6. Who is your favorite character after the protagonist?
I think I’d have to go with Chaska for this one. Maybe an obvious choice, but she was modeled after my wife, so I’m sort of obligated to give the answer. Beyond that obligation, she’s consistently the only one sharp and perceptive enough to foil Bodhi’s shenanigans. She’s tough as nails, compassionate at the right moments, and more than able to handle herself as an insurgent commander. On top of that, she’s got a killer relationship with the native species on her homeworld (which happens to be lopers, a species of sentient rabbits!).
7. How would you describe the antagonists?
There’s a whole suite of baddies that appear throughout the series, but the primary enemies are all members of the Halcius Hegemony, which is a galaxy-spanning theocracy based on human supremacy and a disdain for technology (even though they aim to control all of that technology for their own uses!). Bodhi’s archnemesis is Grand Mediator Kemedis, an operative of the Hegemony that’s got a real desire to see him imprisoned and tortured for his antics. The driving theme behind the Hegemony and its villains is the fruitless attempt by humanity to subdue things beyond its control. We have an innate fear of the unknown, the unexplainable, and our instinctive response to that fear is one of subjugation. Fittingly, there are some villains that shine a light on how useless that response really is. Cosmic horrors and superintelligent constructs are probably the best examples.
8. How was the response to your books?
Shockingly, very positive. I say shockingly for two reasons. First, the speed with which I wrote the first book. I tend to be a meticulous plotter, and I wrote the series without much of that planning. Second, the intricacy of the absurdist. I didn’t think of readers much while writing it; it was a fairly pure example of “passion” writing. There were a lot of jokes and situations I feared might not translate to readers who didn’t know me well in real life. When it actually released and began getting high praise, I was floored. Even my father, a boomer of the highest degree, thought it was one of the best books he’d encountered (and believe me, he has no problem criticizing my writing!). So, overall, I’ve gotten really kind words and feedback from about as diverse an audience as you can ask for. Garrett Brown, who did the Audible narration, knocked it out of the park as Bodhi and helped to cement that positive response.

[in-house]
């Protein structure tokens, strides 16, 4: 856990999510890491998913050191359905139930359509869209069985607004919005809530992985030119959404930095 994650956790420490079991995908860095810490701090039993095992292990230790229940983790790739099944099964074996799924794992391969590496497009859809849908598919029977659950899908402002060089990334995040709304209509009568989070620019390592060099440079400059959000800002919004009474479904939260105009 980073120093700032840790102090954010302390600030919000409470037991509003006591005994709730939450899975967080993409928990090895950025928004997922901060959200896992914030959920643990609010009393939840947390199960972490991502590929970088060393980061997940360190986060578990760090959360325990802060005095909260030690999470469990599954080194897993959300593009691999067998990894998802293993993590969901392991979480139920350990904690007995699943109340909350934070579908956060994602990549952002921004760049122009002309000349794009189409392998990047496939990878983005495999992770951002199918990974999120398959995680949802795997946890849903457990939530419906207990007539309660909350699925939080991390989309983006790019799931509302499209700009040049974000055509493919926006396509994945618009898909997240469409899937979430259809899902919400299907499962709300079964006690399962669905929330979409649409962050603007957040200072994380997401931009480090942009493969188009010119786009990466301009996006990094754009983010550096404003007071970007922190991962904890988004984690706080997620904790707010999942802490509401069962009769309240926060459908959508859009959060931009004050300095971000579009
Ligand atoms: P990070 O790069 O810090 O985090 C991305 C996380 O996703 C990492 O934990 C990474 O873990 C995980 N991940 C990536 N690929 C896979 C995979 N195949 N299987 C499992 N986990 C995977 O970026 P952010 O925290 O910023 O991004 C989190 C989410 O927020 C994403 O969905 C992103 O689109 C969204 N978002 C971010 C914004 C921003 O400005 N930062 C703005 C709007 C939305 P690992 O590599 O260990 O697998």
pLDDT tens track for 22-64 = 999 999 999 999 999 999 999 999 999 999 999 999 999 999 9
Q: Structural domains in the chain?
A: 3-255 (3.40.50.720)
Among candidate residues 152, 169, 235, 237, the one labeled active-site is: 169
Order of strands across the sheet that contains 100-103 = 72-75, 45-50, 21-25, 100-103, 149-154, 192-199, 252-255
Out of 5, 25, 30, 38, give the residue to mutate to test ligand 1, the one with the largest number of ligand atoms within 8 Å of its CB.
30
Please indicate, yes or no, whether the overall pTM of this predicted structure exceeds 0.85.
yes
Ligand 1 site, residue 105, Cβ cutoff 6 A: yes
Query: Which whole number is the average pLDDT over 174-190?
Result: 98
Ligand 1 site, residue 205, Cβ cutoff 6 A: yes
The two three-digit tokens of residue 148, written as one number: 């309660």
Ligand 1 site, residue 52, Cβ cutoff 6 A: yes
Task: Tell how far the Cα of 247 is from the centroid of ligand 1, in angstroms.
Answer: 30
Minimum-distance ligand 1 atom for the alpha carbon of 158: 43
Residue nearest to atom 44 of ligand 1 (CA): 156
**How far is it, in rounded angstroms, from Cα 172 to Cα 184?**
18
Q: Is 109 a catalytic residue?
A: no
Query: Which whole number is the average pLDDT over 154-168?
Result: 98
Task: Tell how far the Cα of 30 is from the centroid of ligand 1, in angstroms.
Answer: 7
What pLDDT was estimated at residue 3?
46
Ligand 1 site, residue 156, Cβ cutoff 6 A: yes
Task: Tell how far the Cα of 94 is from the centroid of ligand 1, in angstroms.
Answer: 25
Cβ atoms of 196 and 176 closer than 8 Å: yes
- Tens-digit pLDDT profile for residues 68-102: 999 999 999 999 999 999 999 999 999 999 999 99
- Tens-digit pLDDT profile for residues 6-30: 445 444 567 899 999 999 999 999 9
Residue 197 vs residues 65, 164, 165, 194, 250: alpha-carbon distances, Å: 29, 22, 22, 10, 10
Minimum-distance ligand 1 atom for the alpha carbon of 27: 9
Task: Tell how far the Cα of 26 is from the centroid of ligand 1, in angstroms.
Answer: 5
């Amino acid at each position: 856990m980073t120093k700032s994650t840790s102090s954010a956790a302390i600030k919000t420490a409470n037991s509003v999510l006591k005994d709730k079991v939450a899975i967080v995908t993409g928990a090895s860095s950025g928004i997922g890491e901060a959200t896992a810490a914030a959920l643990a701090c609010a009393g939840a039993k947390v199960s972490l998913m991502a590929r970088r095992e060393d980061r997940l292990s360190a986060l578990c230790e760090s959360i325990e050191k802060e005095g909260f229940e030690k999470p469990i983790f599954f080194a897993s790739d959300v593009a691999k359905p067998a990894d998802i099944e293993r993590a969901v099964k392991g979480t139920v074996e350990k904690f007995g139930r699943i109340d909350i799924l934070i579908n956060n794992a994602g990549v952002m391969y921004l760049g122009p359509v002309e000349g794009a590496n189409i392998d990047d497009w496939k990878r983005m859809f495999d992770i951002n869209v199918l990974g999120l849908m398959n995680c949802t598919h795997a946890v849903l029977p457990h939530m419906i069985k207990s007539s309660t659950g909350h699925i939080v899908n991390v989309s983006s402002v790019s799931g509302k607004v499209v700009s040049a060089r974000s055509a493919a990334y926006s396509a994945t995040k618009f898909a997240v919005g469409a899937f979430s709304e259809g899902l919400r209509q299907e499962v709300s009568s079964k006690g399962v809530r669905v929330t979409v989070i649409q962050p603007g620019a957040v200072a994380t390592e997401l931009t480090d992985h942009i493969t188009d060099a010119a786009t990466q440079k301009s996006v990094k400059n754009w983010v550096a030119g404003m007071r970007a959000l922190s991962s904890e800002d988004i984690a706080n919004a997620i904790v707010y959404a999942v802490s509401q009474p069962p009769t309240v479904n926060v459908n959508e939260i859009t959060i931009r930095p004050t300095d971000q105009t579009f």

9. You finished up the story with a trilogy, what made you restart the series?
From the beginning, I set out to build a universe that I could (hopefully) explore for the rest of my life. I’ve had something of an obsession with world-building since childhood, and this was the first world I truly felt I understood and could bring to life through all kinds of media. (I’ve got podcast plans, short stories planned by the dozens, and a few other, weirder circuits in mind…). The universe setting, at present, is known as the Cutthroat Cosmos, and I intend to keep fleshing it out with novels and other outlets until I’m unable to carry on!
10. What can you describe about the new series?
The next entry in the universe is, strangely enough, going to be a tongue-in-cheek LitRPG known as Players Must Die. A drinking binge causes our lovable hero, Bodhi, to stumble into a real-life MMORPG in a pocket universe with a loper dignitary at his side. The only problem is that this “MMORPG,” besides being full of real pain and death and beasties, is also defunct. What results is Bodhi’s attempt to journey through a wasteland of insane “players,” eldritch terrors, and glitches that cause far worse issues than missing textures. I’m not much of a LitRPG reader myself, so it felt especially apt that our narrator was also an outside observer trying to muddy his way through the genre.
11. What other authors would you recommend?
Can I start with C.T. Phipps? No? Well, I’ll do it anyway. Following from there, I absolutely adore William Gibson, Iain Banks, Frank Herbert, Joe Haldeman, Octavia Butler, Ursula LeGuin, and Vernor Vinge.